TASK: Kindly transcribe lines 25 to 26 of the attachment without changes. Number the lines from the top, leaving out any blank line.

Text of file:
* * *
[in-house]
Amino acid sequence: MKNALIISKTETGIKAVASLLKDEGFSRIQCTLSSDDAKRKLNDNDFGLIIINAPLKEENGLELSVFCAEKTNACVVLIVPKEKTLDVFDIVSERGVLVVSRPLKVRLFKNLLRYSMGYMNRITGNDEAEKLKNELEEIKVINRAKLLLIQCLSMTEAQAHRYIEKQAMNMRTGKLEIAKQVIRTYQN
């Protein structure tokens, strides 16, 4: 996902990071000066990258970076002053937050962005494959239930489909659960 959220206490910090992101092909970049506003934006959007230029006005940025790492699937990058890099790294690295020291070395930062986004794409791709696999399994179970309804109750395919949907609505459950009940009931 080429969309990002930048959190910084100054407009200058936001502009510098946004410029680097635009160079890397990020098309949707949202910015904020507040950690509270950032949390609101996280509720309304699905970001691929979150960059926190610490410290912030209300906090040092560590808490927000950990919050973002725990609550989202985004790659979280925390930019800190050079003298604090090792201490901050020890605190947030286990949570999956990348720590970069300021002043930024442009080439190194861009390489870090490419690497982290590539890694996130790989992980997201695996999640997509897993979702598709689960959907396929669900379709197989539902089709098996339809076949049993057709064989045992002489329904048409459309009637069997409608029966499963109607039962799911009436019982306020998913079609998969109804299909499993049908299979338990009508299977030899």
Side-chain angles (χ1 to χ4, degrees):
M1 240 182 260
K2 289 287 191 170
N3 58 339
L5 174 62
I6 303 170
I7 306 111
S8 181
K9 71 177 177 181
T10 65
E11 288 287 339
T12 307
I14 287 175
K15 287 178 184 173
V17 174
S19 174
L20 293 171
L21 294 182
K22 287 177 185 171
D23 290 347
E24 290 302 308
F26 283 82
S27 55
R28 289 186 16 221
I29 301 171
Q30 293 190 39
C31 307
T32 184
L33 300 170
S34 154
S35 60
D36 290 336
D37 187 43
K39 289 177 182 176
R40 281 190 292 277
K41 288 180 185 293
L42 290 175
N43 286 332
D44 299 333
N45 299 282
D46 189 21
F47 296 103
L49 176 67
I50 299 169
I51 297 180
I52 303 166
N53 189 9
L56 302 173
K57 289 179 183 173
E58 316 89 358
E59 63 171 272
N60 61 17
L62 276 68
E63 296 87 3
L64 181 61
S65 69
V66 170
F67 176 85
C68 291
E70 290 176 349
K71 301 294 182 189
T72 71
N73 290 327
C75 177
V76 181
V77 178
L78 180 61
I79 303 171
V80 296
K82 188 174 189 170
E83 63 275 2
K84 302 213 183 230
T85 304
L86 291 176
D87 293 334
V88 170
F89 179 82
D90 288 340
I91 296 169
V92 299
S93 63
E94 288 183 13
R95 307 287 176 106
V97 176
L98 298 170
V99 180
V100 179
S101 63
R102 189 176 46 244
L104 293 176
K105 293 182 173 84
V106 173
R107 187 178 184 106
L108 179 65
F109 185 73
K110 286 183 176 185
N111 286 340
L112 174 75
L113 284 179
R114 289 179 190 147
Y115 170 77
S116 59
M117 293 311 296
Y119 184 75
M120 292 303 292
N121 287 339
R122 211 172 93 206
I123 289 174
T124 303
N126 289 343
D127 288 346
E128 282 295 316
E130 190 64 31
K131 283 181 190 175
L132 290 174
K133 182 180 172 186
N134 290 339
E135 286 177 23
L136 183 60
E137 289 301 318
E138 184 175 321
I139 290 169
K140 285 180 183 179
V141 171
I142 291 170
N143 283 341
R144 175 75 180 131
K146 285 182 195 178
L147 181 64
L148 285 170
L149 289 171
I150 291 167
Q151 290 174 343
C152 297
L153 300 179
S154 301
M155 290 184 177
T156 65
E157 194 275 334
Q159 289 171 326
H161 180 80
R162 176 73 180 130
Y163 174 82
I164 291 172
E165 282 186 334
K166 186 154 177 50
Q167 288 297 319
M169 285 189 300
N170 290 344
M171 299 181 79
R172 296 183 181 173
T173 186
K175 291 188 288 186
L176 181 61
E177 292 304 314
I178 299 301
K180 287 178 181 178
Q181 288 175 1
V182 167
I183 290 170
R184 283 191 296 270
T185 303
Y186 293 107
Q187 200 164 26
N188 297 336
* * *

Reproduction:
F26 283 82
S27 55